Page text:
5 Most Important Things You Should Know Before Coming to Nepal

Grand Nepal Tour

Rested on the laps of Himalayas, Nepal after all this time still remains a subject of fascination to the rest of the world. From the never-ceasing attraction of Mount Everest, to the stories of mythical Yeti, the massive earthquake of 2015, the worshipping of a living Goddess, and the hundreds of thousands of temples, Nepal is a treasure trove of experiences that is hard to find anywhere else. And so, if you find yourself buying an air ticket to Nepal, here are 5 things you should know before you get on that flight:

  1. Power up with dal-bhat: Dal-bhat is the staple diet in Nepal, eaten twice a day almost every day. Found in almost every restaurant across the country, chances are that you will end up eating it at least once. If you want to go authentic, do as the locals do and eat it with your hands. You may use fork and spoon, but do not eat with you left hand —it is a big no-no. Besides dal-bhat, also expect to eat momo, a kind of dumpling that is next to Nepal’s national food. And if you thought you will have to miss all things international in Nepal, you couldn’t be more wrong. Kathmandu and Pokhara has one of the best concentration of restaurants offering excellent international cuisines, from Japanese to Italian, German, French, and more. Well, one thing is for sure — you won’t go hungry in Nepal.
  2. Follow the social etiquettes: Join your palms together like in prayer, bow down a little and say ‘Namaste’ — that is how you greet in Nepali. That is also the go-to formula to say goodbye. This is your first step to learning Nepali etiquettes and there are many, but the one you need to be most aware about is public display of affection (PDA). While a friendly hug is acceptable, kissing in public is not cool. Another thing to be mindful of is your clothing; dress appropriately especially in rural settings and religious environment. This means no very short shorts and revealing tank tops!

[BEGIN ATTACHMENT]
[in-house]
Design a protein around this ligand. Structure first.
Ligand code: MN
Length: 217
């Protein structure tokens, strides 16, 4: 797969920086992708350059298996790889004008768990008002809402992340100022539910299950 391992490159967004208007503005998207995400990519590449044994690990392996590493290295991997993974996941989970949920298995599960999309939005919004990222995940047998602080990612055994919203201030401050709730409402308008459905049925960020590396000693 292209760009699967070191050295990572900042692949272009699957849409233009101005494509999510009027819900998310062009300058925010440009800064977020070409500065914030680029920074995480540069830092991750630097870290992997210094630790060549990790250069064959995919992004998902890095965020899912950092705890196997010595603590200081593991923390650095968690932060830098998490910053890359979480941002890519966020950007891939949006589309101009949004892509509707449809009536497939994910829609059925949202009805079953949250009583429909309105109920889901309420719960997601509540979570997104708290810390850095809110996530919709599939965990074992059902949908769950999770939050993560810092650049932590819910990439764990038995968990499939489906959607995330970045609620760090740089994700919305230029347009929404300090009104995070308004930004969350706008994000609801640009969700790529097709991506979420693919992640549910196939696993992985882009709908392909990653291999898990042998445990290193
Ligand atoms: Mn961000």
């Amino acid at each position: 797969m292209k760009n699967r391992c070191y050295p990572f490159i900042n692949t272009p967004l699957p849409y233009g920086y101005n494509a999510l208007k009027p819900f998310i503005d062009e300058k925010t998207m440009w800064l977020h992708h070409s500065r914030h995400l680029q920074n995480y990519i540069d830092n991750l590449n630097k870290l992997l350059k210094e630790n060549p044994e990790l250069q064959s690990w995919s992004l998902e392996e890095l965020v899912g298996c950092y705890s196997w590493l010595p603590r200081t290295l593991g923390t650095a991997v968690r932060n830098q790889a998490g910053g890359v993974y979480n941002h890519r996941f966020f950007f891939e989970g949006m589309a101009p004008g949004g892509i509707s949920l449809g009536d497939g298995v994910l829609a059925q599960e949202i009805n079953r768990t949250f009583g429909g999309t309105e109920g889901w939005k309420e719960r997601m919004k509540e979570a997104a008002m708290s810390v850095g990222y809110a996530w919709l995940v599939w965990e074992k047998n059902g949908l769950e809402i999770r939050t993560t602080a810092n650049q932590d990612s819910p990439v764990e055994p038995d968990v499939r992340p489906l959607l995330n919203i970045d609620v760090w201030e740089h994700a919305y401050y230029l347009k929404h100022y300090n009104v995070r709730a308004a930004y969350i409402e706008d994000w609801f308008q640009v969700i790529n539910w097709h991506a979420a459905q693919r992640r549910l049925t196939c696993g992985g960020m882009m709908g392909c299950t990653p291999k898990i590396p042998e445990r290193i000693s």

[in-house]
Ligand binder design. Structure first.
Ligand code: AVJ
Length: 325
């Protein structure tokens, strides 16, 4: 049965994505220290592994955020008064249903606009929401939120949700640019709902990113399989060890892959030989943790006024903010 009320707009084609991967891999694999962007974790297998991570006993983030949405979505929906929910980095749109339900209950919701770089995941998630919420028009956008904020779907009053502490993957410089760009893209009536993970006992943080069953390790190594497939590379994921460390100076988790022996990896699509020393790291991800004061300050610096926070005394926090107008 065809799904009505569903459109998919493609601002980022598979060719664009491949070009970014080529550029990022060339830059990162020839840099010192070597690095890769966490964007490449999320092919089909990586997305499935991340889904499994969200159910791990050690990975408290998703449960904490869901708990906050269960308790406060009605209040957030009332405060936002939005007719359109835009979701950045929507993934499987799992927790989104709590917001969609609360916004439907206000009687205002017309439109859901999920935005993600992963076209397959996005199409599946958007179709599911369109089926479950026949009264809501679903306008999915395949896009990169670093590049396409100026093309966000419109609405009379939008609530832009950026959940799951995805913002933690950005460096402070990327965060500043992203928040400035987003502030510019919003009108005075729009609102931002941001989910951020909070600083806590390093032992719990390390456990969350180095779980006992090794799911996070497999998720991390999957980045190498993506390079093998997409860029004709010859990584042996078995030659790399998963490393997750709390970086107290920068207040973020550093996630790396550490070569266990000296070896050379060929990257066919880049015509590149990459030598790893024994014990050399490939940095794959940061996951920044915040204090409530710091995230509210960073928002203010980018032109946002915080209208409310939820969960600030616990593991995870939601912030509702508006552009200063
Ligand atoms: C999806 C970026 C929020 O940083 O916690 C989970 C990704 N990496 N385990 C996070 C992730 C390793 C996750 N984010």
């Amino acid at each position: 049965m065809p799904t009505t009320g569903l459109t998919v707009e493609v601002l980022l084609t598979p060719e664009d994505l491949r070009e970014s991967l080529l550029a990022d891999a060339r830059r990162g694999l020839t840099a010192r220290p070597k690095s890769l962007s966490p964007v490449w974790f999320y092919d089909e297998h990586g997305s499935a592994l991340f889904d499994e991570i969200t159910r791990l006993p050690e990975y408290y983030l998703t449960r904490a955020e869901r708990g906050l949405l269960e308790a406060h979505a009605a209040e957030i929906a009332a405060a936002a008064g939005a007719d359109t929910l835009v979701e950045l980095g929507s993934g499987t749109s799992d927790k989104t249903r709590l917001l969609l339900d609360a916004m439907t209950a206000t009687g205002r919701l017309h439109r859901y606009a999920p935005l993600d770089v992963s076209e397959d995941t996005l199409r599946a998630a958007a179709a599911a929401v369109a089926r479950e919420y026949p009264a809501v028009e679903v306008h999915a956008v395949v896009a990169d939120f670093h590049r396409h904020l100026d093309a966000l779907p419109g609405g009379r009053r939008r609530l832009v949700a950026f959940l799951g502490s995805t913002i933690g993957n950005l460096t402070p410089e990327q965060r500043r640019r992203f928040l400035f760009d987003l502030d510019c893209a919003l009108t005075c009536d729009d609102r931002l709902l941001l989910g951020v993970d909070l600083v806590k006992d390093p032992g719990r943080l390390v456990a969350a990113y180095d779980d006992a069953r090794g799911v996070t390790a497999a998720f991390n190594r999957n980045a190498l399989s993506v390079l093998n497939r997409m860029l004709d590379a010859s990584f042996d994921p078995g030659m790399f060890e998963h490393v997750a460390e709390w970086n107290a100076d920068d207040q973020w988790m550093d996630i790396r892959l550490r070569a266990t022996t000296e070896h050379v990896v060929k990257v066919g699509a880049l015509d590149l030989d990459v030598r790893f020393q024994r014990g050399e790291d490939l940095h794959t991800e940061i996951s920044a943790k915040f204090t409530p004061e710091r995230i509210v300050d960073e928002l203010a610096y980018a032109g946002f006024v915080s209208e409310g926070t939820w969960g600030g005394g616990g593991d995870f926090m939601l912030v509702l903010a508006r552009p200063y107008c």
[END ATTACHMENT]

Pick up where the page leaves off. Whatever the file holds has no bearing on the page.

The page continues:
3. Expect crazy roads and pollution: Traffic in Nepal can be insane at times, especially in Kathmandu. The streets are filled with cars, buses, trucks and motorbikes zipping pass left and right. There is little care for traffic rules and lesser for pedestrians. Expect to be a bit scared and overwhelmed as you make your way through the streets of Kathmandu. There are zebra crossing but vehicles rarely stop to allow people to pass. We suggest you be careful and follow the locals. Following the earthquake and reconstruction work, there is also a sand-storm of dust in Kathmandu roads these days. Always carry a scarf or a mask when you head out on the streets.
  4. Prepare to squat and to take probiotics: It is not uncommon for tourists in Nepal to experience a mild diarrhea during the first few weeks. Often known as traveler’s diarrhea, it is caused by change in food, contaminated water, weather and other factors. And it is not a pleasant experience whatsoever. Hence, it is recommended that you take probiotics to prevent the entire episode. Speaking of which, you should also know that most toilets in Nepal are the traditional squat-style. While you will find the western style to do your business in most hotels in Kathmandu and other major cities like Pokhara, it is not all guaranteed. Prepare yourself and carry a roll of toilet paper with you everywhere you go too!
  5. You don’t need to tip: Tipping isn’t a culture in Nepal. Most Nepali restaurants add a 10% service charge to the bill which is counted as tips, so you don’t need to pay any extra. It is however a different setting when you are in the mountains. Tipping the porters, or tea houses, and perhaps your guide is a good idea though. After all, the possibility of you reaching high up in the mountains is slim without them.

 

A trip to Nepal is an experience unlike any other. Whether the trip goes as planned or not, it is bound to be unforgettable. If there is one all-covering thing you should know before coming to Nepal, it is to expect the unexpected and to go with the flow.

 

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